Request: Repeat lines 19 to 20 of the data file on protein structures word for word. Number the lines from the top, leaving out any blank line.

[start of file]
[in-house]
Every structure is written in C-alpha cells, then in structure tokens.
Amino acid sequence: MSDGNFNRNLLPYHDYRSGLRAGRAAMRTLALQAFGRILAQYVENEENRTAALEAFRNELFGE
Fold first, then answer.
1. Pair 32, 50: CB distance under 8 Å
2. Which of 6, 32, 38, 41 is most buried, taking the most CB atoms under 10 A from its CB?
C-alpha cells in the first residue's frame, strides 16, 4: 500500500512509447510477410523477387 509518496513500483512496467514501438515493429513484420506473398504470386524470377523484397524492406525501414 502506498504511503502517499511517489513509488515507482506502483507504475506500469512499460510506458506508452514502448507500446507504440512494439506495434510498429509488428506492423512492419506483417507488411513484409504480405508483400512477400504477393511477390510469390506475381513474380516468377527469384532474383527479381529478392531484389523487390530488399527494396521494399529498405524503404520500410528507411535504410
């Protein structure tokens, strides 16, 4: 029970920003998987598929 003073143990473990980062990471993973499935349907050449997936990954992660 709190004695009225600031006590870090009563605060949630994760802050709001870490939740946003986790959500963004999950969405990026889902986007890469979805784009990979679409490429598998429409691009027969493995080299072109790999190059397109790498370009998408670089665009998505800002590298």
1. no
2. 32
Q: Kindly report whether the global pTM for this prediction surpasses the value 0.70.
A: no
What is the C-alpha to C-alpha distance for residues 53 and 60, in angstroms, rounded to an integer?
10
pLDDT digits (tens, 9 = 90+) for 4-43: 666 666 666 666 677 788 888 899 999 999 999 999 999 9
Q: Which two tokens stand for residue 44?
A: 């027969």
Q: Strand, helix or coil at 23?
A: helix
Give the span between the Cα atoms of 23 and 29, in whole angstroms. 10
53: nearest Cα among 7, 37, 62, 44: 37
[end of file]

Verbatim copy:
A: helix
Give the span between the Cα atoms of 23 and 29, in whole angstroms. 10